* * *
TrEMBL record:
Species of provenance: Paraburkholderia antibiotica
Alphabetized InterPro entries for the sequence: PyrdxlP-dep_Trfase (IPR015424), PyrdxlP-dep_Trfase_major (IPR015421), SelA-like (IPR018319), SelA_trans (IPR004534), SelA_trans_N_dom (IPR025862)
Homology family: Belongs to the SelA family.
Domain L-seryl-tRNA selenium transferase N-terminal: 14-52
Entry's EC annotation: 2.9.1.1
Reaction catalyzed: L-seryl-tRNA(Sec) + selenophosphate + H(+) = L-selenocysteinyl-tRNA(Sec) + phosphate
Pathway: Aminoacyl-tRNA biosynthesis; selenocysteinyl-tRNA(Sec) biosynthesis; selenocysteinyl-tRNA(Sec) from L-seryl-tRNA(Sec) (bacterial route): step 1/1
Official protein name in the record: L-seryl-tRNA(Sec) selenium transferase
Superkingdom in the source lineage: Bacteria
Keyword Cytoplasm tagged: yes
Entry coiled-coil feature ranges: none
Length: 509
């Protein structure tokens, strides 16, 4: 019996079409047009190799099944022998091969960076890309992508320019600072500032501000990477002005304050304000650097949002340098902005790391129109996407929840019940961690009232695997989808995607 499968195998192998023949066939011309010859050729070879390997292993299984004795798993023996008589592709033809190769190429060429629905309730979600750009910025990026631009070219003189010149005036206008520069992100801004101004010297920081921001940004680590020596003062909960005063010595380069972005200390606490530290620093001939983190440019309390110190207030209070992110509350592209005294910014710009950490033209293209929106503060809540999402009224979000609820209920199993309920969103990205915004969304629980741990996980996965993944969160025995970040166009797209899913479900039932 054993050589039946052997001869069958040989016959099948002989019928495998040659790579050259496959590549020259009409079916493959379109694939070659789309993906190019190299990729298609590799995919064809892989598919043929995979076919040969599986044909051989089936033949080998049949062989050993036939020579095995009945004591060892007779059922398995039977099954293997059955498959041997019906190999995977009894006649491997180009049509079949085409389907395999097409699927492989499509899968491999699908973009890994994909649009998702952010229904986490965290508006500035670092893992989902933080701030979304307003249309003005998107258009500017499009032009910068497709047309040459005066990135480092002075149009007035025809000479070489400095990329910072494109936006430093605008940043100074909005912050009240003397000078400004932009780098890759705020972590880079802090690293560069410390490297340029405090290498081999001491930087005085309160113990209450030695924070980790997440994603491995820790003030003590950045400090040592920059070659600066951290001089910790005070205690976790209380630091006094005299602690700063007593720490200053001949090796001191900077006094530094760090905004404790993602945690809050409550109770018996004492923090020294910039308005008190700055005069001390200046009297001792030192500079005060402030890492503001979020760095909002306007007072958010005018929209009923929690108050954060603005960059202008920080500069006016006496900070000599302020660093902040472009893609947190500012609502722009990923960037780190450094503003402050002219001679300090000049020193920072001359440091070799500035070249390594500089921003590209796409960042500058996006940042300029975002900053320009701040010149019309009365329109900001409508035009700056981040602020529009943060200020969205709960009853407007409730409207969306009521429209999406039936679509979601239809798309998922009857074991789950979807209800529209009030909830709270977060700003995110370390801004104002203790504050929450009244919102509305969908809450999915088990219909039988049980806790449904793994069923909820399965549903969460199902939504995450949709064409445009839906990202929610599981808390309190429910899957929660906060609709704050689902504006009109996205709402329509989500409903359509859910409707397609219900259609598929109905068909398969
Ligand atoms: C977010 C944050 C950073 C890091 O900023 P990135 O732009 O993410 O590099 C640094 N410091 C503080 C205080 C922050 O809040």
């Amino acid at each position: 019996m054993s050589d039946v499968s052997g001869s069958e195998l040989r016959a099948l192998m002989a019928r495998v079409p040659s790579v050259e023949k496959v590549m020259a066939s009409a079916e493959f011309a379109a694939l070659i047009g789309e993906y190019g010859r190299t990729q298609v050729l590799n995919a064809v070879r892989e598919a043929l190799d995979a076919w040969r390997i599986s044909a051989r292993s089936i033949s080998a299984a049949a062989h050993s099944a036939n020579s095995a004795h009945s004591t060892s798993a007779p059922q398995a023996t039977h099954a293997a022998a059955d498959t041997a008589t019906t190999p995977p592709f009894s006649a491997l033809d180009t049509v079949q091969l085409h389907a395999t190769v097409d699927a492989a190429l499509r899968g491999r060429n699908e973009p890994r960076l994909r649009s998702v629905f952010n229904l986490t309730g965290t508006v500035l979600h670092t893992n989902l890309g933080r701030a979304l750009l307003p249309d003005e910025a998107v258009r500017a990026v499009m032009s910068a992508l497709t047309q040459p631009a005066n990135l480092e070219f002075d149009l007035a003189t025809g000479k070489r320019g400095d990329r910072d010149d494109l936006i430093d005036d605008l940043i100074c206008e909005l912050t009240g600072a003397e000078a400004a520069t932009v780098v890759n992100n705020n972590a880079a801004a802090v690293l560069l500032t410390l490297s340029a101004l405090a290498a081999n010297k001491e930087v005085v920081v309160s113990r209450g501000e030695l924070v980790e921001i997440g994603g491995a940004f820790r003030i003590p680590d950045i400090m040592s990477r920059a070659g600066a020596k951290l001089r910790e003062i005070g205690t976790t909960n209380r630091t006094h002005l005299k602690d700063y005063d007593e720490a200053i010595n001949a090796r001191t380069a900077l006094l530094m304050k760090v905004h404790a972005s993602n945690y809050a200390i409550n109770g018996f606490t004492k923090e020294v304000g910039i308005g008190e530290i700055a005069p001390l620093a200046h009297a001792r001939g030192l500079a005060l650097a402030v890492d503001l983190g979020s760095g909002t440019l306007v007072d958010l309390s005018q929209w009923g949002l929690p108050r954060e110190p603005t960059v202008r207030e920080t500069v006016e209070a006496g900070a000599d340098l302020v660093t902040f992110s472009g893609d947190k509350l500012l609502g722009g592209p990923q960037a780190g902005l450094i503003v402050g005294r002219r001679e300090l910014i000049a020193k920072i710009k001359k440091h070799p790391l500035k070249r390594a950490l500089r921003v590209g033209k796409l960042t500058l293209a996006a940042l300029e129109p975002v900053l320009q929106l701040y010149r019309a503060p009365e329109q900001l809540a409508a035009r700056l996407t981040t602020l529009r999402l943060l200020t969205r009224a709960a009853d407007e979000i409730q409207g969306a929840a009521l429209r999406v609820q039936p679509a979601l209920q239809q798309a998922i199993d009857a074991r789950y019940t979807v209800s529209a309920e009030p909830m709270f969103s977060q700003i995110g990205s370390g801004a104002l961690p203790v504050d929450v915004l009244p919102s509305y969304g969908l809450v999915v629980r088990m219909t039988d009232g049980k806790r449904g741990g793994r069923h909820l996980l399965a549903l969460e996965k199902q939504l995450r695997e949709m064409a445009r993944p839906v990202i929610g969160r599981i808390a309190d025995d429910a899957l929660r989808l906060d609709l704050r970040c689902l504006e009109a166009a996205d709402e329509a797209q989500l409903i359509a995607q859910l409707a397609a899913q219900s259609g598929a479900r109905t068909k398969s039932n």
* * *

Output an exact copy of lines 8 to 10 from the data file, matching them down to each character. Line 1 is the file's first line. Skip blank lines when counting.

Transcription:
Pathway: Aminoacyl-tRNA biosynthesis; selenocysteinyl-tRNA(Sec) biosynthesis; selenocysteinyl-tRNA(Sec) from L-seryl-tRNA(Sec) (bacterial route): step 1/1
Official protein name in the record: L-seryl-tRNA(Sec) selenium transferase
Superkingdom in the source lineage: Bacteria